I repeat: more lobster, less booze.
By Brian Cormier
Wednesday, June 15, 2016
Moncton Times & Transcript
Well, it’s been quite a week filled with much sudden and unexpected loss.
I’ve often wondered how people react when they get shocking news about the completely unexpected death of a loved one. Thankfully, I’ve never been on the receiving end of one of those calls and I hope I never am. I’m honestly not sure what I’d do. Would I remain calm? Would I completely lose it? Would I just remain numb like a zombie? I just don’t know. (Note to the universe: This is not a request for the experience. Thank you for your cooperation in this matter.)
About 10 days ago, I checked my email late one night before bed. My penchant for going to bed way too late regardless of my 5:55 a.m. alarm has not changed.
Hopefully, I’ll come to my senses one of these days and start hitting the pillows earlier. Until then, I’ll remain a broken record and continue to whine. Anyway, usually when I check my email for ‘big’ news that can’t wait until the next morning, my email doesn’t cooperate and it’s just the usual stuff – either nothing at all or some routine alerts I receive throughout the day.
This time, however, I received a note from someone telling me that they were in shock from the death of an extended family member – someone I knew – due to a motorcycle-vehicle accident. Although this person wasn’t part of my daily life, I’ve known him for many years. My jaw dropped. I read it again. I’d heard of the accident in the news earlier in the evening but didn’t think I knew the person who’d died – not even for a second. Well, come to find out that I did.
I sent an email message back immediately expressing my shock and then sent an email of condolence to some good friends who are directly related to him. It was nearly 12:30 a.m. and I really needed to go to bed. Sleep didn’t come easily that night until well after 2 a.m., though. I’m certain that it was a million times worse for those closest to him.
How utterly devastating for his family. Here one minute, gone the next – and just a few hundred metres from his house. A motorcycle is no match for a truck – no matter whose fault it is. In the end, the result is the same, but we must resist asking ‘what if?’ It’s a question with no answer based in reality – and a question that only leads to insanity.
I heard a story earlier this week about a woman who gave an elderly gentleman she knew a drive home from where she works. At one point, she looked over and there he was, slumped over – dead. Perhaps not as shocking as the death of a younger person in a motorcycle accident, but still gone without warning.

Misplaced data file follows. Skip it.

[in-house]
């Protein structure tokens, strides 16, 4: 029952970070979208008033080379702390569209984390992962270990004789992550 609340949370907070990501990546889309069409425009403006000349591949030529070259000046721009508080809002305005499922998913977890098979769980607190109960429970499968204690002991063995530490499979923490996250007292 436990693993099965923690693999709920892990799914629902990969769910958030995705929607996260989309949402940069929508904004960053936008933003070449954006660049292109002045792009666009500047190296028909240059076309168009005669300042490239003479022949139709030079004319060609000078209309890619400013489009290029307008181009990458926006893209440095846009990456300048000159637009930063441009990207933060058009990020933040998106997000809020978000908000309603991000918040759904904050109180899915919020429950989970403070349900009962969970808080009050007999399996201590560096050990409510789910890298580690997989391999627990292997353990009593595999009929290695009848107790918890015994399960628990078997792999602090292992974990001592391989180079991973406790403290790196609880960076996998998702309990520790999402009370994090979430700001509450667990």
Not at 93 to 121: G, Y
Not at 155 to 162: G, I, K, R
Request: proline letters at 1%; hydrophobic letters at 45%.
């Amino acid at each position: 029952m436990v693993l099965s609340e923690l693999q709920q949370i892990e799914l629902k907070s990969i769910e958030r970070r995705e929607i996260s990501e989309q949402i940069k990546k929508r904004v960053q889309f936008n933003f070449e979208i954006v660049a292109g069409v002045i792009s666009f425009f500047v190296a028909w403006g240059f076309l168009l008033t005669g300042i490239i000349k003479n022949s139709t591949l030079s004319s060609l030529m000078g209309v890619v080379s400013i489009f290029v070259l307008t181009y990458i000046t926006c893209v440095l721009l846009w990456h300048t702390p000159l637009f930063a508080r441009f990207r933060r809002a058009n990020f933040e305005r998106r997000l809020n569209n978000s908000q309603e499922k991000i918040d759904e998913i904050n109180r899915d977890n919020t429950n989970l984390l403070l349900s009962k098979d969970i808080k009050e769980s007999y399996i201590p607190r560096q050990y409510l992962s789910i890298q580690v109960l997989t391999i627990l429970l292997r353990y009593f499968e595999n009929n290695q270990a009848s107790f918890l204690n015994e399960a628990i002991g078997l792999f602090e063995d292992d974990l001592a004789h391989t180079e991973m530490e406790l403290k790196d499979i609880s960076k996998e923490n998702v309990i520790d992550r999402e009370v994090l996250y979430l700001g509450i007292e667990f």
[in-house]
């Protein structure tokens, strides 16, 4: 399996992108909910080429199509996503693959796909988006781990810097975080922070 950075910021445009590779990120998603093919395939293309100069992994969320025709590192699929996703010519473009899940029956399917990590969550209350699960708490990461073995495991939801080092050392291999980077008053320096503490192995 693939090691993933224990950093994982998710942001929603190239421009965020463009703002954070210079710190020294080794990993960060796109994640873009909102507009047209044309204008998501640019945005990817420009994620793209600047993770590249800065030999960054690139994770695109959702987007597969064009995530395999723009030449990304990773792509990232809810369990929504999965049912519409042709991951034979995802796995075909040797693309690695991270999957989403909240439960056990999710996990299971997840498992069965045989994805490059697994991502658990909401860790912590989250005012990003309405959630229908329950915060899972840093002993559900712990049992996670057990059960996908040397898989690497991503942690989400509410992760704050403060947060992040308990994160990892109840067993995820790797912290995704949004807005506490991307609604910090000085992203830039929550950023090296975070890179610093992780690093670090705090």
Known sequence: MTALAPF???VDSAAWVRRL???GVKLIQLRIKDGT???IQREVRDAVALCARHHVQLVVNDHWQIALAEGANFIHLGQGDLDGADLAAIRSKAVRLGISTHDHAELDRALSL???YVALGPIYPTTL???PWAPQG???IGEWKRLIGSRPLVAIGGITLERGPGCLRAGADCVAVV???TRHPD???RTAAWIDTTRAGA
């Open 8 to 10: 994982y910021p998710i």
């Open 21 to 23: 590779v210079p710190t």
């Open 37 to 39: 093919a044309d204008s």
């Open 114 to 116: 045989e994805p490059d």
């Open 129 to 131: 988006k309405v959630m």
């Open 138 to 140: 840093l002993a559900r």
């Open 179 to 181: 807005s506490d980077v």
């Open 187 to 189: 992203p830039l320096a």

And of course, there are the victims of the mass shooting at the Pulse club in Orlando. They were out for an evening of fun in a place where they thought they were safe. It ended in tragedy in a hate crime fueled by homophobia and extremism based on some horribly warped sense of religion. Sudden. Unexpected. Violent. Wrong – oh so wrong.
While it’s easy to make sense of someone elderly who dies – even if they’re seemingly in perfect health – it’s a lot more difficult when someone dies in an accident or by the hand of another, such as murder. Even if I knew someone who was 95 and chipper as a daisy, I’d be shocked if I heard they died, but I wouldn’t feel like they – or we – had been cheated from their not having lived longer.
Being only 55 and dying in an accident, however, that’s another story. Knowing that accidents are preventable, the rage of those left behind must be overwhelming.
Yet, the knowledge (hopefully) that the only way to move on is to forgive is also there. Even if it’s temporarily buried deep in immediate grief, I do hope forgiveness comes. The alternative is for one death to spread like a spiritual cancer. What a great shame that would be for survivors. It takes tremendous courage to forgive in the case of true accidents when there was no intention to set out and harm someone.
I’ve had to forgive people – certainly not for taking the life of a loved one – but still, forgiveness comes in all shapes and sizes. I’m also fortunate to have been forgiven for things I’ve said and done.
We also have to remember to forgive ourselves. Sometimes, that’s the most difficult forgiveness of all – but every bit as vital and empowering.